Project Management Career Paths

Mark E. Mullaly has posted a great article over at Gantthead about the obstacles a project manager may face in moving up the corporate ladder. He states that, “The project manager is a role unto itself, with no entry point and no graceful exit.”

The problem, as Mark describes it (registration required), is that the traditional project manager was simply someone who had a specific role in the corporation with the project management activities being treated like a side job. When the project manager was due for promotion it was tied to the PM's regular operational role. So a lead developer that was also doing project management work would be promoted to technical architect or perhaps a technical management position. At this point the project management responsibilities would disappear.

Now, the project manager is valued sufficiently in the corporation that it has become a role unto its own. As Mark puts it, “Project managers are hired primarily from the outside, and are assumed to come ready-made and pre-built with all of the skills necessary to do the job at hand, and do it well. Project managers aren't developed, they aren't groomed, and in many cases, they receive no training.” The obvious result from this is huge turnover as interest fades in the role regardless of the successes that a PM may have and despite the value that business units may receive.

Mark offers some suggestions for organizations on how to reduce the turnover:

  • Identify existing employees that are interested in the project manager role and also have the skills and knowledge to be good ones.
  • Continually offer challenges that increase in difficulty. Like others, PMs need to be challenged to remain interested in their work. Eventually, dangling a bigger project won't be enough. Instead, look for other ways to motivate your project managers perhaps by putting them in to training or mentoring roles.
  • Make sure that a path to the executive suite exists. If one doesn't, then expect the most senior and probably the most effective member of the PM team to walk away with all the company expertise acquired over the years.
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  1. I agree with much of the article. I checked to see when it was posted. In large organizations where there is a formal Project Management Office there appears to be a project managemen career path. An entry point (beginner) and a top-level. At that point, it is either stay there (cap out), move to another organization (internal or external).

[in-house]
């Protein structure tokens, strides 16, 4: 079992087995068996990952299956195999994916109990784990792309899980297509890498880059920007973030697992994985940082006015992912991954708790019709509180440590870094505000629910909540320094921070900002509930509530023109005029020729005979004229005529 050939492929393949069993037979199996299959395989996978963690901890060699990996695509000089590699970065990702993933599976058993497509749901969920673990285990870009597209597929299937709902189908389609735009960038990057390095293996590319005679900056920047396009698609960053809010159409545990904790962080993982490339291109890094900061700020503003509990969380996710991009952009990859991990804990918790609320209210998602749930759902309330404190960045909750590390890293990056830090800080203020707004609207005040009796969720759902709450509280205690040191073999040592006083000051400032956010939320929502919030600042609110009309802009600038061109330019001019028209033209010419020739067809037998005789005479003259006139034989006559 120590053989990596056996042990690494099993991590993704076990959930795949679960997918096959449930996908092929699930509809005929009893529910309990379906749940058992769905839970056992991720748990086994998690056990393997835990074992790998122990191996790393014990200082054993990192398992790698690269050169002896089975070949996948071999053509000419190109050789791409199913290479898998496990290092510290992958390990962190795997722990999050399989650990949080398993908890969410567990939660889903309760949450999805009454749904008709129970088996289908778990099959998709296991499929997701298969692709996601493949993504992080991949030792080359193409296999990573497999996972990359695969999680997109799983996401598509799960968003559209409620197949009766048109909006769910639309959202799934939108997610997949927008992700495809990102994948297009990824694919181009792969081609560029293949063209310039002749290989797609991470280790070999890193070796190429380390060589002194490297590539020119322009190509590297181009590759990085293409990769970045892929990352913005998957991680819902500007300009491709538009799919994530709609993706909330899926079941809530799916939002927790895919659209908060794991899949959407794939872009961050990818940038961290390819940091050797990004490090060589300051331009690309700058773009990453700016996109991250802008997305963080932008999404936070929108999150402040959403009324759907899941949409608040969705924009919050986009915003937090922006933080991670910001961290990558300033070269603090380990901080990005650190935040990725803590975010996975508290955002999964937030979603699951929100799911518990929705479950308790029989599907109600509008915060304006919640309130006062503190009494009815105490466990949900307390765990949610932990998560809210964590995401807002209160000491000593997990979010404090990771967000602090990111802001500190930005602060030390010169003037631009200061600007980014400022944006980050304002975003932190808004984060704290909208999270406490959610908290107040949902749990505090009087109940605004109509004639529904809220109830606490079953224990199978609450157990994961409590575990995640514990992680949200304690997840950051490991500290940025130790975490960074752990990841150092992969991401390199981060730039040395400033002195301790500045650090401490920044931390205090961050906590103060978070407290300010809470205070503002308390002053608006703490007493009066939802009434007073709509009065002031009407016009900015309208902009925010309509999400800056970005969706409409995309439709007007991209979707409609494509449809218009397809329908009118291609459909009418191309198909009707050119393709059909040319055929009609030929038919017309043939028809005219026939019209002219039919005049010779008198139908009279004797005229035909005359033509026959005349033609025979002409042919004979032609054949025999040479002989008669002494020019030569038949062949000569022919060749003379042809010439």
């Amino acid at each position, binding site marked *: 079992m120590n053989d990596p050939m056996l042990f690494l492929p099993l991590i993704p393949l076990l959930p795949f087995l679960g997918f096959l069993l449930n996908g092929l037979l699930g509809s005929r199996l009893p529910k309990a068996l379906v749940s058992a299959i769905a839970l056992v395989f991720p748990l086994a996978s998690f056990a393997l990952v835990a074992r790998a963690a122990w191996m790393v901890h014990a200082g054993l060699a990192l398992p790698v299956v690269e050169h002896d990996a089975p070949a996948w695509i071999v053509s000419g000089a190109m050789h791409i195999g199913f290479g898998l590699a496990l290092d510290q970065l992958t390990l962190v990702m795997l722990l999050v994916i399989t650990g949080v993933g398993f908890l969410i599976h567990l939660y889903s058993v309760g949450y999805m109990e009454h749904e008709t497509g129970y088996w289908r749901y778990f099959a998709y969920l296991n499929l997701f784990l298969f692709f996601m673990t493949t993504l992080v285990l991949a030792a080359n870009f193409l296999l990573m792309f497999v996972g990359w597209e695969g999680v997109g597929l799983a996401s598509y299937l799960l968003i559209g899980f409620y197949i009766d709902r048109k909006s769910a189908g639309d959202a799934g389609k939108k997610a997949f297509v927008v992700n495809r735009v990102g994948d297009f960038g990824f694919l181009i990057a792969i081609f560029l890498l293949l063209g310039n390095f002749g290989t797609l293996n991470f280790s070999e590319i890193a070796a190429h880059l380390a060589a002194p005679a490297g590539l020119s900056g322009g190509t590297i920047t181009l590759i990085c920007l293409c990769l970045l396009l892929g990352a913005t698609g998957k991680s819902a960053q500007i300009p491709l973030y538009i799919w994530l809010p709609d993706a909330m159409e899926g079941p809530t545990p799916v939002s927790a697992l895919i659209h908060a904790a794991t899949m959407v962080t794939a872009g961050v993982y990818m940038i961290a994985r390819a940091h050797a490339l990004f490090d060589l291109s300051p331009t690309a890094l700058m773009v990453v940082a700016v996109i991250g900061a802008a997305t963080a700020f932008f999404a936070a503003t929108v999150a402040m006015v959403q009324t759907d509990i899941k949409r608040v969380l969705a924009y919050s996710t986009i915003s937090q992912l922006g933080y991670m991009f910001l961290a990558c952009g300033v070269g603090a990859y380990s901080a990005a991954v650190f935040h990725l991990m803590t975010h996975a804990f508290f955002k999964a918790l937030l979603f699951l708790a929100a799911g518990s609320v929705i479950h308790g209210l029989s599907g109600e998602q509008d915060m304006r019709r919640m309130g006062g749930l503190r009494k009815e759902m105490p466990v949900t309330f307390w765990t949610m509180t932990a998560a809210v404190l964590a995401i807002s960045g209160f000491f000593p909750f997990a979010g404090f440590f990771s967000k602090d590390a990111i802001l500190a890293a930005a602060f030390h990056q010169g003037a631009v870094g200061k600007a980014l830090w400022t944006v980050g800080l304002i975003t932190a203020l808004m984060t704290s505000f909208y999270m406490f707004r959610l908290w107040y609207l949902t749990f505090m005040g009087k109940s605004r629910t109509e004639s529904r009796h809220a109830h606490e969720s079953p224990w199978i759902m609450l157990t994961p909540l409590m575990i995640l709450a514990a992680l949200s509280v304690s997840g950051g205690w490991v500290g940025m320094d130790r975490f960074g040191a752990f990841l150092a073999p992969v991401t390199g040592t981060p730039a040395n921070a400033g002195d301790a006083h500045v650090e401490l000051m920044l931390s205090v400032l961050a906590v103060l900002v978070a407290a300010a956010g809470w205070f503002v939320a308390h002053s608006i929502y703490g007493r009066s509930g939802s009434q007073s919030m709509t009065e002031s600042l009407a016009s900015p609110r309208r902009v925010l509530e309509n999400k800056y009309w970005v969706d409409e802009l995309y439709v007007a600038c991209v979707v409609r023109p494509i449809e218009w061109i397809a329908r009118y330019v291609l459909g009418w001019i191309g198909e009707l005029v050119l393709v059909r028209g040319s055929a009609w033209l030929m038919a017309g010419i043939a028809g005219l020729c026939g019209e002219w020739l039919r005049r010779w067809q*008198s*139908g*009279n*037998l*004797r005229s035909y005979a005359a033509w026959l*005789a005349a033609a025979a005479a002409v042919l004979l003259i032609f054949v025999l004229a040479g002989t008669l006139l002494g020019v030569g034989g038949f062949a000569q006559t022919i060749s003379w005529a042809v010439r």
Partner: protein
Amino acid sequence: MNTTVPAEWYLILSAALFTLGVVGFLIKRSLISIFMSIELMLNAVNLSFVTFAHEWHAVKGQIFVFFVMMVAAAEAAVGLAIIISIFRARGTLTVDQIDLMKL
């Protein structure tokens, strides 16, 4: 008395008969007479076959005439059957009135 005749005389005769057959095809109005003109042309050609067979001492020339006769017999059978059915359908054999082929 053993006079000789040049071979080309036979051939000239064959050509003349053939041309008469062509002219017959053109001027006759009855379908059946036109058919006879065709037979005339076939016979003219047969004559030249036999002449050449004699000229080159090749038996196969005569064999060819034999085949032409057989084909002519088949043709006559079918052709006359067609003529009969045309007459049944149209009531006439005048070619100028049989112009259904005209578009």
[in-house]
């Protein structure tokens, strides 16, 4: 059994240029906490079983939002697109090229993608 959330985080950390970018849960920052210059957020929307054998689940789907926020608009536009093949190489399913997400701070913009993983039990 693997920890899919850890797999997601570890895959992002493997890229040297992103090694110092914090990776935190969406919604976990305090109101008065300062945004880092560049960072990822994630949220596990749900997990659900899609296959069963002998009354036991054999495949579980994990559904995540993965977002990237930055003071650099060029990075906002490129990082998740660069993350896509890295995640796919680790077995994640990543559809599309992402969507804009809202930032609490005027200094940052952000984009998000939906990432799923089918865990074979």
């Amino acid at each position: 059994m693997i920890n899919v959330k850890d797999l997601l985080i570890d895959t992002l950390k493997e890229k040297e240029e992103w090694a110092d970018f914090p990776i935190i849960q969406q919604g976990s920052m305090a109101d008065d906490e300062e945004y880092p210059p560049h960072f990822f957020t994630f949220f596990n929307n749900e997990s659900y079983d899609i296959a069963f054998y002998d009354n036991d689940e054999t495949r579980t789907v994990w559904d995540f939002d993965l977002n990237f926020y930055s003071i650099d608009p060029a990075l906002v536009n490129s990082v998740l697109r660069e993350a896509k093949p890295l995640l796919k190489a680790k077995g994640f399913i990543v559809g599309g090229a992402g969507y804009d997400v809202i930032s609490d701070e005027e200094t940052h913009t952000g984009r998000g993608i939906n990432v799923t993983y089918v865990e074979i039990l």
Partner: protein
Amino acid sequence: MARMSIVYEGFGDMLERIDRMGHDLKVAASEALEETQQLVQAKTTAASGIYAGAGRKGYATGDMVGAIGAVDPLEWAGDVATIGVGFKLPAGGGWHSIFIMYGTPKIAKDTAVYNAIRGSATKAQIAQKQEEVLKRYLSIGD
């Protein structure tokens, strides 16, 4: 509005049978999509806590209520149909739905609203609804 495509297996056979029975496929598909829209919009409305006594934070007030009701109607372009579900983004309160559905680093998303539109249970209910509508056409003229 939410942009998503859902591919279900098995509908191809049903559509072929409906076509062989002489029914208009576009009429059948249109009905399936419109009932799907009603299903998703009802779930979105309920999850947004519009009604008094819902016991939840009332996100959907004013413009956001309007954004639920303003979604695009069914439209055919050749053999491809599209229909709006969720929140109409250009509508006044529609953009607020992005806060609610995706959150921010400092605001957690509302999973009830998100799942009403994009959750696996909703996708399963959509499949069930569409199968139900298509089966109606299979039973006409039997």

At one of my previous employers, you had to move into Executive Management or move out of the company once you capped out at Senior Project Manager level. There was no "up" from there. And generally, once you max'd out the salary admin band, you were just stuck salary wise too.

    The thing about project management, is someone who has attained Senior Project Manager level and has worked at it long enough to max out a salary band generally has the skill set to move into executive management.

    I love being a project manager. It's my niche.

  2. While some of the generic challenges are listed above, I personally feel that PMs themselves can make a difference. I extended my working hours in my project a year back and started looking at the PM tool, the documentation created, the areas of concern by lack of experience on my fellow Project Managers and made a confidential report and gave it to my reporting manager. I was later allowed to provide training, inducted me into the PMO. Some very qualified consultants over a periond of time become complacent and are very comfortable coding than lead a team and at the same time, complain that the PM is inexperienced or lacks all the skills needed. The situation above is more obvious in IT function of any organization.

  3. I have to agree with your points on this article. There is no sole PM work in my company. You can be titled a PM but the bulk of your work is based on your functional expertise in operations. PM activities are a small portion of what you do. It has a lot to do with the corporate culture and how PM is perceived.

  4. Interesting article. I became involved in the project management field about a year ago as a college graduate. I agree that many of the day to day project management tasks performed go unnoticed in larger corporations. Luckily I have landed myself a position in a construction and development management company where project management is our main job and not a side job. I find myself learning something new every day.

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